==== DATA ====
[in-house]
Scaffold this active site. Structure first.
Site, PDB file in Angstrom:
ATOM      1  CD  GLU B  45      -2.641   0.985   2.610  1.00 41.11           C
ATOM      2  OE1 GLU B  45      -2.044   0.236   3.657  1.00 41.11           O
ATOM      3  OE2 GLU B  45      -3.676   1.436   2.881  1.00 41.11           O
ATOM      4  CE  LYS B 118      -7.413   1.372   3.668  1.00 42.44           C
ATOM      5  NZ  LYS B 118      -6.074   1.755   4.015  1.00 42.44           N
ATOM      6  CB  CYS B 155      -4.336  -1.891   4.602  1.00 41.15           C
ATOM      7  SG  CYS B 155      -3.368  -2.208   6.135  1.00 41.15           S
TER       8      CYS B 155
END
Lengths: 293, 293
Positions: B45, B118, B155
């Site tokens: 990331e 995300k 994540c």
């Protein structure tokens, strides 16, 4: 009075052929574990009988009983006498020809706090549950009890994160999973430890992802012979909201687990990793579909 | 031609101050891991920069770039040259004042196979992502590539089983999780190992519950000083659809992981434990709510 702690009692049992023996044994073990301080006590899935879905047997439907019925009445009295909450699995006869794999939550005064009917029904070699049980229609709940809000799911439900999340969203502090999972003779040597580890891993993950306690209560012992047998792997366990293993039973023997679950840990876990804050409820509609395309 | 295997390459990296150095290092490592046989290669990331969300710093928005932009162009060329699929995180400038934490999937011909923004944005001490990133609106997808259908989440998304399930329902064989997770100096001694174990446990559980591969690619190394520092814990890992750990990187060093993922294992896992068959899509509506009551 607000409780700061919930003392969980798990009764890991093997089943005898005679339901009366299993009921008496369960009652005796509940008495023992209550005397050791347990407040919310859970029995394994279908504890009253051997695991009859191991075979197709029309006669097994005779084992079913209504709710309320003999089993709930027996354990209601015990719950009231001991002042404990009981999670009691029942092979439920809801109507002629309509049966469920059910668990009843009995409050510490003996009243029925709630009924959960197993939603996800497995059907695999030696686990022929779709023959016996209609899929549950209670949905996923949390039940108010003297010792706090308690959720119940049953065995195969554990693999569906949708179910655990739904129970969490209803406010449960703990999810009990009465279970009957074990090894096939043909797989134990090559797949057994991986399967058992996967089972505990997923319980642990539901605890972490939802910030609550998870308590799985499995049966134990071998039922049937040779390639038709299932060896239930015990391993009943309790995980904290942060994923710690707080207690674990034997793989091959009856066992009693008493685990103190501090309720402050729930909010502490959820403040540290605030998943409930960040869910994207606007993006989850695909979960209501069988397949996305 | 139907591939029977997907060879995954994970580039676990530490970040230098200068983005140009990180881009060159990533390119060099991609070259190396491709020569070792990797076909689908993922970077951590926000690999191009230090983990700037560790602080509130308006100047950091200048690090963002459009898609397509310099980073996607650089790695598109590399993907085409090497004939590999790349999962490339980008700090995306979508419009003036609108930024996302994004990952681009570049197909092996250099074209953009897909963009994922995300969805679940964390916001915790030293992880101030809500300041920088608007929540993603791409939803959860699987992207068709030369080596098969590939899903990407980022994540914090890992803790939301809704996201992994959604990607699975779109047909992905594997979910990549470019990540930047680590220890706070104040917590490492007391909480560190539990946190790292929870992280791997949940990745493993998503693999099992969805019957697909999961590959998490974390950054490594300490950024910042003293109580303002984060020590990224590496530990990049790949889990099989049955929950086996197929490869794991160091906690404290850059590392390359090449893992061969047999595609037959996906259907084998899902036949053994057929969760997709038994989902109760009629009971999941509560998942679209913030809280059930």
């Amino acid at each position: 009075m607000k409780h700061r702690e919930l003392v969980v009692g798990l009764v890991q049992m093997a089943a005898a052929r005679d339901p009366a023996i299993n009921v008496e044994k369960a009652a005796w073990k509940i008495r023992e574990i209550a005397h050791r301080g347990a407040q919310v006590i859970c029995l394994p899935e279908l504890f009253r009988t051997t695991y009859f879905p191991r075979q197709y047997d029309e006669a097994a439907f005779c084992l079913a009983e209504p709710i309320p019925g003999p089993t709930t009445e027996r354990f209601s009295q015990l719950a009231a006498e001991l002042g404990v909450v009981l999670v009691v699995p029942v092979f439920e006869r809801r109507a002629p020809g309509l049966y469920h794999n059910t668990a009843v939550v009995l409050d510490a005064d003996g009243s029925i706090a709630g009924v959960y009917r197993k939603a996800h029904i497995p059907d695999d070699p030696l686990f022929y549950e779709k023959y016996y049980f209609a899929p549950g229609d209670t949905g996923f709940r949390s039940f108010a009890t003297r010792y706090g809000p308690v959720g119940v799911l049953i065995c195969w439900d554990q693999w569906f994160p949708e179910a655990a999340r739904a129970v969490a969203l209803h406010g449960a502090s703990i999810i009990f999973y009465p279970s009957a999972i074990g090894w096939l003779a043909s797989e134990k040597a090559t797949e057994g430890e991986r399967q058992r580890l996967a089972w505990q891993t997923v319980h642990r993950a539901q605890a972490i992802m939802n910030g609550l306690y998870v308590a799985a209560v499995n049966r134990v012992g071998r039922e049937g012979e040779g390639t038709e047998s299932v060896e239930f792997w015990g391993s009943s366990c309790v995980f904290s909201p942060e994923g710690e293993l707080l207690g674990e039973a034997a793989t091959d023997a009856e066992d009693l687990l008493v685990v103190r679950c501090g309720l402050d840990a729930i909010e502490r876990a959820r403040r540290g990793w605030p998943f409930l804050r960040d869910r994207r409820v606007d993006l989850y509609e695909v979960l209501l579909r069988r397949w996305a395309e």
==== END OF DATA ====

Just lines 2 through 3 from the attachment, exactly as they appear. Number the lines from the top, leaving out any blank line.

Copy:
Scaffold this active site. Structure first.
Site, PDB file in Angstrom: